“The longer the genetic divergence between two populations, the more evolutionarily distinct they are. If we find populations that are very recently separated because of something humans have done, say a road, we can tell we have stopped the gene flow between them,” Statham says. Here, removing the physical barriers isolating marshes, or creating novel linkages, could enable them to breed with neighbors again, bolstering their genetic diversity.

Among the most interesting puzzles awaiting Statham’s attention is the geographic dividing line between the two recognized subspecies of the mouse. Currently, mice in Suisun and San Pablo bays are grouped into a northern subspecies, while those from Point Pinole to the southern end of San Francisco Bay belong to the southern subspecies.

“Looking at the genetics of these animals across the range, we’ll be able to figure out where the real break between the different subspecies is, and whether we have got additional distinct units within,” Statham says.

By the time the survey wrapped at the end of August, it had amassed an astonishing trove of mouse-oriented information. Out of 50 traps set out for three nights apiece at 55 sites, the survey netted about 575 salties (a number that awaits genetic confirmation). Such statistics on trapping success can serve as estimates of population density—necessary for the federal government to declare where, when, and if the species merits delisting.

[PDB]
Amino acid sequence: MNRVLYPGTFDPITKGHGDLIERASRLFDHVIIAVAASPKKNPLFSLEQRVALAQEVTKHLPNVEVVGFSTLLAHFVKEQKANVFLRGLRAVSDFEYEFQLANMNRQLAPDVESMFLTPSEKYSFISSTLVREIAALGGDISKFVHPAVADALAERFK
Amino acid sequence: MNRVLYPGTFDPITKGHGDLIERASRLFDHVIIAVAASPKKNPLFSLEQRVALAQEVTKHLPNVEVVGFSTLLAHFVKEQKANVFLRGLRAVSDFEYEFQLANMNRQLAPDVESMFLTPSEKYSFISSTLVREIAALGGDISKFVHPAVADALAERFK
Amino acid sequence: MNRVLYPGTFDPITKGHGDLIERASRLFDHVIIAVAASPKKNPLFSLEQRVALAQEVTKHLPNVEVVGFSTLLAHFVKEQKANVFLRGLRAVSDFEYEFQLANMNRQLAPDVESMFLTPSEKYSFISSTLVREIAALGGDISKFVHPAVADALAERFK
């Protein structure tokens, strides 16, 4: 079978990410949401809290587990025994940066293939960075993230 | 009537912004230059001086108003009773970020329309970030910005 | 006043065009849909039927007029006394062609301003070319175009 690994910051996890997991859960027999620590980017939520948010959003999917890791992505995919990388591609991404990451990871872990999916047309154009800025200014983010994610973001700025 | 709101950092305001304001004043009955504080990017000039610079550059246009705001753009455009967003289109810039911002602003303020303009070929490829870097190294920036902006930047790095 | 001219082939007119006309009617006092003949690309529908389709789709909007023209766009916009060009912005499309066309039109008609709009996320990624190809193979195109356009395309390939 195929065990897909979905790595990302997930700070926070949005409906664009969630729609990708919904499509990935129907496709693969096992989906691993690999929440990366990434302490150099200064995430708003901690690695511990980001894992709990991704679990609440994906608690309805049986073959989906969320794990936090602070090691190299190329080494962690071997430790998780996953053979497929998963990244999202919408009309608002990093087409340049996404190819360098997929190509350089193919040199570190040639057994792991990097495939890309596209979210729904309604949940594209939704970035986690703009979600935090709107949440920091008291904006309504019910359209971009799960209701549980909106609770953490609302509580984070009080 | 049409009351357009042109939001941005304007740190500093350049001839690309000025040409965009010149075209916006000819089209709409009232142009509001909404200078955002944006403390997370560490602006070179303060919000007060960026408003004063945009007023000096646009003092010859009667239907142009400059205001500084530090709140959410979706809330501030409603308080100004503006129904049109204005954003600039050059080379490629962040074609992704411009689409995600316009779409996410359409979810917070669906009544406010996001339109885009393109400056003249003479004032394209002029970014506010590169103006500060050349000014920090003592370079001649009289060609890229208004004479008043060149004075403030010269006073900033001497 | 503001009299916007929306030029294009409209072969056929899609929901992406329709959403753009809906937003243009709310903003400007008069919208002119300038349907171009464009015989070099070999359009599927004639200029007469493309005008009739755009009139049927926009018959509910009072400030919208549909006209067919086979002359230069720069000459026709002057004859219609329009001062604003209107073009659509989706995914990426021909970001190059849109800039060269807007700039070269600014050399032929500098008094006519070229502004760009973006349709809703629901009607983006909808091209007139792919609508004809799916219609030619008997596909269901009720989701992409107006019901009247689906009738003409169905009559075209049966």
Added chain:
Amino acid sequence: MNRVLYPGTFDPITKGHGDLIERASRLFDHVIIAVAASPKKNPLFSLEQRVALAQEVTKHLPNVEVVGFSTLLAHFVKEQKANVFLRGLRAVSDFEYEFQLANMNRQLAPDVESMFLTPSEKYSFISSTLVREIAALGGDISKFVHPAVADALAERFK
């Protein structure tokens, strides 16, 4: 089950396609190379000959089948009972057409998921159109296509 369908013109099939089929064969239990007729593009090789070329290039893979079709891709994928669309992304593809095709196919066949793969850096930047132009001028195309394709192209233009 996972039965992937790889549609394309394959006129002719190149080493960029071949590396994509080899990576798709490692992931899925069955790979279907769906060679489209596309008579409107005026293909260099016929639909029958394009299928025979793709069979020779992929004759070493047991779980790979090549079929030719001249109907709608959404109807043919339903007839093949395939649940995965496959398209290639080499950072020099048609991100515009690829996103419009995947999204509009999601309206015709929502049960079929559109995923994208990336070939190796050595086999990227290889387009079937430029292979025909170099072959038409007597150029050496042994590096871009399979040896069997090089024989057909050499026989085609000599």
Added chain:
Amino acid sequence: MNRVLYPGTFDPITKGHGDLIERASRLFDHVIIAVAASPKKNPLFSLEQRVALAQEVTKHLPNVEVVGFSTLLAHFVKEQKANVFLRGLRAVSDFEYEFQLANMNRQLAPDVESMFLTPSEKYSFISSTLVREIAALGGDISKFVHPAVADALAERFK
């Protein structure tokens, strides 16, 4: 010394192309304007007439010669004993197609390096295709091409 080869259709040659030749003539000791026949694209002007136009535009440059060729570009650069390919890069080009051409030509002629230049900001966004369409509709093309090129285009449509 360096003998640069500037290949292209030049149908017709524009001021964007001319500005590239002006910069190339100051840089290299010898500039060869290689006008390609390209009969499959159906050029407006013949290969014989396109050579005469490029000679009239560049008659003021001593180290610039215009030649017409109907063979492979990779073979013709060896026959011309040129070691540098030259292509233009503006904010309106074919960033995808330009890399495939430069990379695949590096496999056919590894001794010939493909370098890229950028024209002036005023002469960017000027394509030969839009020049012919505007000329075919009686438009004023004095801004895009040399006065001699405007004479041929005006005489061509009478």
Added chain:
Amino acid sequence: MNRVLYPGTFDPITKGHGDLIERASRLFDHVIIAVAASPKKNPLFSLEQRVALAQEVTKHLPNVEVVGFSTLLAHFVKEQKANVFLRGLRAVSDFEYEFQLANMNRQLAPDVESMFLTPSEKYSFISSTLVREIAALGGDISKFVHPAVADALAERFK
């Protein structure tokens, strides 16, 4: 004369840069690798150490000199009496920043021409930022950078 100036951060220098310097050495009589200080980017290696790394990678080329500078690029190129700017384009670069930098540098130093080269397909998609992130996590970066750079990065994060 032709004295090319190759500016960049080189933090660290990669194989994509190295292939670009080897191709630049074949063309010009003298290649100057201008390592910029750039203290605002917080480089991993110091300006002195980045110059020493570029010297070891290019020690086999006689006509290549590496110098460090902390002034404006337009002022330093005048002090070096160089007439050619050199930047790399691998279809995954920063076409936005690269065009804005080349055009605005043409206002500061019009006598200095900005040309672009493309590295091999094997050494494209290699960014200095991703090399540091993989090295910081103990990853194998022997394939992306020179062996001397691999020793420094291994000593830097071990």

As for Smith, she is beyond pleased with the results. “We hit almost every site we wanted to get to, a lot of people got to participate and learn about the mouse, and we know a lot more already than we did before the survey,” she says. “We will be able to do a lot of really cool analyses with the data, and answer some of the questions that we haven’t really been able to address over the past 50 years. It should go a long way toward helping the species recover.”

Top Image: A tagged mouse in pickleweed. Photo by Marisa Ishimatsu

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About the author

Bay Area native Kathleen M. Wong is a science writer specializing in the natural history and environment of California and the West. With Ariel Rubissow Okamoto, she coauthored Natural History of San Francisco Bay (UC Press, 2011), for which she shared the 2013 Harold Gilliam Award for Excellence in Environmental Reporting. She reports on native species, climate change, and environmental conditions for Estuary, and is the science writer of the University of California Natural Reserve System.